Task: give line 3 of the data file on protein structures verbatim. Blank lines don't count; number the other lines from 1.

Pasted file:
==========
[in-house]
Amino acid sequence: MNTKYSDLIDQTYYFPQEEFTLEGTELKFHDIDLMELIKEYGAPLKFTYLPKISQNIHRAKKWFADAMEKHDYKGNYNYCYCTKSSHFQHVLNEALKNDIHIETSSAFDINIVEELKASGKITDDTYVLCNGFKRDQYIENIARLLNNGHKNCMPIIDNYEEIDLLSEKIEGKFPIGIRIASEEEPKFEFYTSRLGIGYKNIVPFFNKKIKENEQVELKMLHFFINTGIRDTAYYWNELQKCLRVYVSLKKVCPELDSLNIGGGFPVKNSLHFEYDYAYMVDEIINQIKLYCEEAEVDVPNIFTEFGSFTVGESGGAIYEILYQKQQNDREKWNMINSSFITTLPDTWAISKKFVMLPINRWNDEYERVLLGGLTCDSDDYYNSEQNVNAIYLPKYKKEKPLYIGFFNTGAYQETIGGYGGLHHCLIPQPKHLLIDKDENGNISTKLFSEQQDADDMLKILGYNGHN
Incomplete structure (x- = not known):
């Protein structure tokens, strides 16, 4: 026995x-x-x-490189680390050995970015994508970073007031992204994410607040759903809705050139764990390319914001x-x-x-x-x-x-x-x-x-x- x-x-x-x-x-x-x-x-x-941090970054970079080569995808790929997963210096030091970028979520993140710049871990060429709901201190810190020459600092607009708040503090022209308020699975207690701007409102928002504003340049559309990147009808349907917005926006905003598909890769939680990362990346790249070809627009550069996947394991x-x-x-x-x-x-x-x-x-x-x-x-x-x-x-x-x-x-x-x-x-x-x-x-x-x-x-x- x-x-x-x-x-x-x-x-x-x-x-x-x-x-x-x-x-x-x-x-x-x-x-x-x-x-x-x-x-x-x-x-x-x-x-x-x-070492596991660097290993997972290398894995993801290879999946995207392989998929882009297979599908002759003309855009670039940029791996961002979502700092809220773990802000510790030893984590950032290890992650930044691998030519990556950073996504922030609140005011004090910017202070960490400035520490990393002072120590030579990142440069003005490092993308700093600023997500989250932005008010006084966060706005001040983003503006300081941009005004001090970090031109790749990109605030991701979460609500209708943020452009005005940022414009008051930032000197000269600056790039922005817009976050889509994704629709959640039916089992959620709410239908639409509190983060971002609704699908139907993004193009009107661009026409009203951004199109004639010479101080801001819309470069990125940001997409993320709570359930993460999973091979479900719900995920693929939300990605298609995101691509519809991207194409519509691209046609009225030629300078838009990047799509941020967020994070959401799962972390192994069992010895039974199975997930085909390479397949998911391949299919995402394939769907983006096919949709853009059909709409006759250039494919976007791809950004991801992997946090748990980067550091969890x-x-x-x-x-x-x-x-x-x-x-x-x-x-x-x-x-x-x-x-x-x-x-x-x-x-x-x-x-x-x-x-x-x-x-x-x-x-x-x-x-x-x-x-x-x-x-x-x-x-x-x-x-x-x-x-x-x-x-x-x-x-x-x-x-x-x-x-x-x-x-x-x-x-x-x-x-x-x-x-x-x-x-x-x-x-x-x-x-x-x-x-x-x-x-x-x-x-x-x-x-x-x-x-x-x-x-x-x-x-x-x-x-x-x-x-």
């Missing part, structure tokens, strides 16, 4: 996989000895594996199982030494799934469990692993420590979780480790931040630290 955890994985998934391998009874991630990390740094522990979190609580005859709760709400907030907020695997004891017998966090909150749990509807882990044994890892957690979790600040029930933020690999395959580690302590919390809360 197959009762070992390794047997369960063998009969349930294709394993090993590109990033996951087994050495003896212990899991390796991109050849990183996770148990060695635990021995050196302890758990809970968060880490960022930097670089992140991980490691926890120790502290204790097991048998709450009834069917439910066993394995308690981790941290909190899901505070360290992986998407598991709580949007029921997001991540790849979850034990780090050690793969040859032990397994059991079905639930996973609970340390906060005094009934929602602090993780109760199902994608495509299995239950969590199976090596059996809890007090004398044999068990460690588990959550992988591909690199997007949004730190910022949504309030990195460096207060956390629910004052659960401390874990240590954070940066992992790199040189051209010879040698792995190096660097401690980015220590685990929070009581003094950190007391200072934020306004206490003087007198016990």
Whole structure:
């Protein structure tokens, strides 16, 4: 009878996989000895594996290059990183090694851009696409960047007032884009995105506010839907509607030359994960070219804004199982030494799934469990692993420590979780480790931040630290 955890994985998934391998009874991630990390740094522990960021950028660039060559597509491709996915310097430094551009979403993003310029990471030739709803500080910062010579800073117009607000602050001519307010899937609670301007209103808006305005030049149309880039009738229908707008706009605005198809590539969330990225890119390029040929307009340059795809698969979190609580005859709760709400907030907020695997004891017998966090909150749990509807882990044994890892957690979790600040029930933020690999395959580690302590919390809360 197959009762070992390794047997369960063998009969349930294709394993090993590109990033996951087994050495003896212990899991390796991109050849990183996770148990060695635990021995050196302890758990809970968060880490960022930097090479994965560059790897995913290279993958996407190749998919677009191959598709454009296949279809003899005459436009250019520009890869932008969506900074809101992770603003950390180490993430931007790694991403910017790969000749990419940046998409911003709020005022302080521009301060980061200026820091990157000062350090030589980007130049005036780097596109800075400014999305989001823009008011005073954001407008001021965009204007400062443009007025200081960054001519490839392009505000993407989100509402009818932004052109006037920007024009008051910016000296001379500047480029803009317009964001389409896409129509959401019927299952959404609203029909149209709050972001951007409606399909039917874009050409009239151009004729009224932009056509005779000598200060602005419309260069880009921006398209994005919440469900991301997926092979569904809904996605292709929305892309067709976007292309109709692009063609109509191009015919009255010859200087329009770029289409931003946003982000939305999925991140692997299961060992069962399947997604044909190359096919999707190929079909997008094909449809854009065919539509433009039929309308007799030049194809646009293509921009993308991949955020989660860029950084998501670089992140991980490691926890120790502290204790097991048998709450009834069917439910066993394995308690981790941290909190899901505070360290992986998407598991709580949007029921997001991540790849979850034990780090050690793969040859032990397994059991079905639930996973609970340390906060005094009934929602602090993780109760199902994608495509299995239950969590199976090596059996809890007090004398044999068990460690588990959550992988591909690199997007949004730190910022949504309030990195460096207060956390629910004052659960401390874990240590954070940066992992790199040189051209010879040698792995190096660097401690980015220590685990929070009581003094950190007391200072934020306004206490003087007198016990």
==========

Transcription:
Incomplete structure (x- = not known):